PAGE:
Emerging-market (EM) bonds may outperform due to higher yields, but EM economies are more exposed to a potential downturn in global growth and tend to be much more volatile than developed market bonds.

5. Real interest rates are likely to rise further. As the Federal Reserve holds or increases interest rates, bond yields adjusted for inflation expectations are likely to continue to move higher. Treasury real yields for all maturities are already at the highest level since 2008, reflecting the Fed's tightening moves to date.

Real Treasury yields are at their highest levels in years

Chart shows real Treasury yields dating back to 2008. As of July 12, 2023, the real 2-year yield was 292 basis points, the real 5-year yield was 197 basis points, the real 10-year yield was 168 basis points and the real 30-year yield was 176 basis points. In some cases this is the highest level in a decade.

Source: Bloomberg, daily data as of 7/12/2023

US Generic Govt TII 2 Yr (USGGT02Y index), US Generic Govt TII 5 Yr (USGGT5Y index), US Generic Govt TII 10 Yr (USGGT10Y index), US Generic Govt TII 30 Yr (USGGT30Y index). A basis point (bps) is one-hundredth of 1 percentage point, or 0.01%. Past performance is no guarantee of future results.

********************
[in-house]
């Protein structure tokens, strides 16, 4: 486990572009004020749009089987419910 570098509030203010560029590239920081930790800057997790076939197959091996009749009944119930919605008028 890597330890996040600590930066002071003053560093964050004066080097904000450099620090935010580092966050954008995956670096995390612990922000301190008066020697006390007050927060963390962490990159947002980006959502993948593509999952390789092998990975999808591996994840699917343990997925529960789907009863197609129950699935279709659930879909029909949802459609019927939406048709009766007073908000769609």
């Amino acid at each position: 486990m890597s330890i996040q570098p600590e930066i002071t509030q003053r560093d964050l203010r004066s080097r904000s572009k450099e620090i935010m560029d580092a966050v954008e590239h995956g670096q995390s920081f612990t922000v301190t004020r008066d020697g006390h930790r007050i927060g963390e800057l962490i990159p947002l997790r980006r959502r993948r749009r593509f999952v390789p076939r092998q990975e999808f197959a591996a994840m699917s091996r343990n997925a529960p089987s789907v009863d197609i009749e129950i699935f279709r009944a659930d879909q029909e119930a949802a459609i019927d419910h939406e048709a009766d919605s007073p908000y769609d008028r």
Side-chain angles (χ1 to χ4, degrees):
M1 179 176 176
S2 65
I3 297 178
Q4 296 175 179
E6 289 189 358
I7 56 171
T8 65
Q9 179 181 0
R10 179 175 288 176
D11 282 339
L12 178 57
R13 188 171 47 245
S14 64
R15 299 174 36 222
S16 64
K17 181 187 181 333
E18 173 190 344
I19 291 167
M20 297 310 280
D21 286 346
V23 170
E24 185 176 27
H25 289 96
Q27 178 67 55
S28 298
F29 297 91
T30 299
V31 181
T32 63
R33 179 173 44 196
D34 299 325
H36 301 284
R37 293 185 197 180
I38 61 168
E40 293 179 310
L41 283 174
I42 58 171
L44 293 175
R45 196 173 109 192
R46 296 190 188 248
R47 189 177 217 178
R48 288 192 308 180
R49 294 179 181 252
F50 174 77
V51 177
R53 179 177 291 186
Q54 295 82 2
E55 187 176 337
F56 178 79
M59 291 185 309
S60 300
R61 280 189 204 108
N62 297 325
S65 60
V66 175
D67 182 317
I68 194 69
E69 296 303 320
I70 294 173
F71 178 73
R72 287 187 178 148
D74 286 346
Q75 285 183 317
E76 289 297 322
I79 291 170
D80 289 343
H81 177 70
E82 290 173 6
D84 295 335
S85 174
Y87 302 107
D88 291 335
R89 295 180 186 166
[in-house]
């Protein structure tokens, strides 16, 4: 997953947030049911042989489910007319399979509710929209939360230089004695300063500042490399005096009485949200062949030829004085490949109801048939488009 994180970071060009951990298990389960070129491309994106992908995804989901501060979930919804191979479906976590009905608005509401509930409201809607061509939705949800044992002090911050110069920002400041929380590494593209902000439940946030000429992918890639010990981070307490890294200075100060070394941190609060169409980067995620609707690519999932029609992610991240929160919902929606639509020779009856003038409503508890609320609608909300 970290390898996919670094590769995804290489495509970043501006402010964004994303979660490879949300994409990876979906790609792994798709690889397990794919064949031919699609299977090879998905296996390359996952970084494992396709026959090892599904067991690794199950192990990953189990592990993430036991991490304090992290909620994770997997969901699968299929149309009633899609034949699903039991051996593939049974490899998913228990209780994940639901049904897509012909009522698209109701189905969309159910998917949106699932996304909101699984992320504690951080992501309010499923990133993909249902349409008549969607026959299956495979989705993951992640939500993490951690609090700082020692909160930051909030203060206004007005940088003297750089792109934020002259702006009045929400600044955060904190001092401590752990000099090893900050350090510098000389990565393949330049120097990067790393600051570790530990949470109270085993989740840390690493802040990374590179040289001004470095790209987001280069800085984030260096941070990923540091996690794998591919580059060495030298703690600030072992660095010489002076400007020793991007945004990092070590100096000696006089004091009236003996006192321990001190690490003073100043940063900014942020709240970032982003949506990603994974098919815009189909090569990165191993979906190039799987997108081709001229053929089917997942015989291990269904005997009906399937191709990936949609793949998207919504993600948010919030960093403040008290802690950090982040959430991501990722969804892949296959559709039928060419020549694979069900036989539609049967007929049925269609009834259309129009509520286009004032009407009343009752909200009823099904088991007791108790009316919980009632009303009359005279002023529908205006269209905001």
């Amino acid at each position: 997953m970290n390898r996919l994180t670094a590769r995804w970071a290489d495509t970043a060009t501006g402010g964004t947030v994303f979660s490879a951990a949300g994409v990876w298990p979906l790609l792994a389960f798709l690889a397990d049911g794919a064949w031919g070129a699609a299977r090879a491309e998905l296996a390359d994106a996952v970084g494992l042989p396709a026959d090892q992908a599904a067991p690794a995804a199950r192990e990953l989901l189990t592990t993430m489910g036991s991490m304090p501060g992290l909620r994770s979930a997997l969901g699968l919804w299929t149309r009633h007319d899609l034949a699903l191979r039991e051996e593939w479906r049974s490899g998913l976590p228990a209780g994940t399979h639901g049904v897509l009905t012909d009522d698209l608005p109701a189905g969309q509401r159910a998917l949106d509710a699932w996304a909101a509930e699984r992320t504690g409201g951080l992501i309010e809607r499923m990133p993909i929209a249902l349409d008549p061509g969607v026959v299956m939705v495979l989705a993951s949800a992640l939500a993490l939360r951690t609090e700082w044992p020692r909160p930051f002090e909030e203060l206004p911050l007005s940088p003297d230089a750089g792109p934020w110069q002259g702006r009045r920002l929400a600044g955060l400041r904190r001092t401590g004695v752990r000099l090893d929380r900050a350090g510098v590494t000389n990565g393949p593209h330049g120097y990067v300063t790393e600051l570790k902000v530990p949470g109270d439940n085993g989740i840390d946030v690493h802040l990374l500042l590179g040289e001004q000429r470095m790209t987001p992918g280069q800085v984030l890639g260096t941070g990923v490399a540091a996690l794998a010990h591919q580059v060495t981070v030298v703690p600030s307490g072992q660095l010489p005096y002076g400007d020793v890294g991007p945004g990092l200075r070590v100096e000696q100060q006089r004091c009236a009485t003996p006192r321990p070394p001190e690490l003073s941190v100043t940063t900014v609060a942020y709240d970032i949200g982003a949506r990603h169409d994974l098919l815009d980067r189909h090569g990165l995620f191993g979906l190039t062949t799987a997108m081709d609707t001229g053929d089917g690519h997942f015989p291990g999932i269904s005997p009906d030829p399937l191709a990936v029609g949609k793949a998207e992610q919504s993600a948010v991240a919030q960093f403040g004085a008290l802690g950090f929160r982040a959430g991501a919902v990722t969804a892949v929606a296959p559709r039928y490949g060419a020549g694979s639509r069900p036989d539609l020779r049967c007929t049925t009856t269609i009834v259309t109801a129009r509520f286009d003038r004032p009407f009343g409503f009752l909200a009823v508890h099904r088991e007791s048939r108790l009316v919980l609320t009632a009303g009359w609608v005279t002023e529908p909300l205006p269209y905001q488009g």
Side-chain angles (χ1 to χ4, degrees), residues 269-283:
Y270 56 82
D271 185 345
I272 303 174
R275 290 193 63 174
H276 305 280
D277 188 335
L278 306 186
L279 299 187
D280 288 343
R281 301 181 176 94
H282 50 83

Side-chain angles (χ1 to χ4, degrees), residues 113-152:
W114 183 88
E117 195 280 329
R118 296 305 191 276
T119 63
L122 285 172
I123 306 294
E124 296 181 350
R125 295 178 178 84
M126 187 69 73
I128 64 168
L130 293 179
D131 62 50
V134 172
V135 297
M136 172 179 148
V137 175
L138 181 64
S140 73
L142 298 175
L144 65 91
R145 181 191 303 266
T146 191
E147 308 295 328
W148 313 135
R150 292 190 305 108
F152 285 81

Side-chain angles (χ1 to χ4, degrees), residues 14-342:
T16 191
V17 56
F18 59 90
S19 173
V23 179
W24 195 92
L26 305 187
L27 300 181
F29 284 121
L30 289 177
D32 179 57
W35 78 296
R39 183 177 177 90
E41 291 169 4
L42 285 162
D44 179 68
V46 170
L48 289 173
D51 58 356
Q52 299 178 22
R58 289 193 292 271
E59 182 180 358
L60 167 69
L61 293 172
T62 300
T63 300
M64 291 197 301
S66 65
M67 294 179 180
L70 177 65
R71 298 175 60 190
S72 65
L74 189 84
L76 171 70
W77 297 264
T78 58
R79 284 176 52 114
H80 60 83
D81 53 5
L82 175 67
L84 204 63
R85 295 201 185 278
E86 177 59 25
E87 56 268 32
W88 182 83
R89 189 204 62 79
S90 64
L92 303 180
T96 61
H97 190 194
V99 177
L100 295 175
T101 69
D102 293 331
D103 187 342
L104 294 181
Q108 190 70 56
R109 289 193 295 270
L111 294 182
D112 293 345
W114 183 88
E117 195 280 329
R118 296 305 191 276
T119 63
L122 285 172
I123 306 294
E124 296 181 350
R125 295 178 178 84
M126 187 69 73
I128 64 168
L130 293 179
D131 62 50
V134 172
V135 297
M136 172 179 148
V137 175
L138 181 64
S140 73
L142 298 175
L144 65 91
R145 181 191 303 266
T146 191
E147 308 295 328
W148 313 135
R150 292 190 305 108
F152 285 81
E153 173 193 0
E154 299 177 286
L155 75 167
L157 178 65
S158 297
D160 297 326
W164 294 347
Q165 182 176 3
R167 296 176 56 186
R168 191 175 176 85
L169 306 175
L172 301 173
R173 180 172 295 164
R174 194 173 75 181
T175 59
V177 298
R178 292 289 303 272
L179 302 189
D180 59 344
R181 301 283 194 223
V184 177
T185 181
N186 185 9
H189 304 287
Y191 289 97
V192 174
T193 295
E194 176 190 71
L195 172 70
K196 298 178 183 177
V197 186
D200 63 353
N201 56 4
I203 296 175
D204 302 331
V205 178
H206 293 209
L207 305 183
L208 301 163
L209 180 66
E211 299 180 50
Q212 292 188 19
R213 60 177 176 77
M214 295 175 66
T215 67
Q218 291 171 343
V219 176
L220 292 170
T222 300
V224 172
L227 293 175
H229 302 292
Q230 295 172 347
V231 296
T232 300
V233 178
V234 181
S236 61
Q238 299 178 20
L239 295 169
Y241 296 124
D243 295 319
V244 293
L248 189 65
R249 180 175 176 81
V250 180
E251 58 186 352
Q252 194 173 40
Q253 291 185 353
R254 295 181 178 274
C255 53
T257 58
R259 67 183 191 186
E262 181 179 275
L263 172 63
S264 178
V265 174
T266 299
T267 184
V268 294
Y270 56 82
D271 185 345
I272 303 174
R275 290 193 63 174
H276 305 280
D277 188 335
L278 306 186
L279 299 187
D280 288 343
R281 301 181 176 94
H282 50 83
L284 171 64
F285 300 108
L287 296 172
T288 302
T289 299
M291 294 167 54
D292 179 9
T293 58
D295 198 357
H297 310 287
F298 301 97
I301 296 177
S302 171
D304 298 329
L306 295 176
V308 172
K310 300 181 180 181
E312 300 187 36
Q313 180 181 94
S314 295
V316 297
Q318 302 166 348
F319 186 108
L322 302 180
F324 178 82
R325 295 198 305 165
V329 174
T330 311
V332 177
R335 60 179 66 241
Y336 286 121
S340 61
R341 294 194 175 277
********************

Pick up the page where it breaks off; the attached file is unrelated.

With inflation in a downtrend, real rates should remain high or potentially move higher. That is the Fed's main tool for cooling off the economy. It also raises the risk of a recession and could strain liquidity in the financial system.

Portfolio positioning in a higher-rate environment

Now that short-term Treasury yields have reached 5%, further upside is likely to be limited. Although the economy has remained resilient in the face of the most rapid pace of rate increases since the late 1970s, inflation is cooling. Moreover, the Fed is likely near the end of its rate-hiking cycle, which would allow intermediate- to long-term yields to move lower over the next year. Ten-year Treasury yields have tended to peak within about six months of the peak in the fed funds rate in past cycles. If that pattern holds, then current yields may be near their highs.

For investors, current yields present an opportunity to extend the average duration in portfolios and lock in the highest yields in a decade for long-term cash flows. However, given the risk that the Fed overdoes its tightening and tips the economy into recession, higher-credit-quality bonds—like investment-grade corporate and municipal bonds—look more attractive than lower-rated bonds. In addition, Treasury Inflation Protected Securities (TIPS) provide an opportunity to lock in positive real yields and mitigate the impact of inflation.

Heightened volatility is likely to continue to be a feature of the higher-interest-rate environment. A laddered portfolio of high quality, diversified bonds that helps take some of the risk out of market timing can be a good way to manage through the rest of this interest-rate cycle.

1 A basis point is one-hundredth of 1 percentage point, or 0.01%, so 25 basis points would be equal to 0.25%.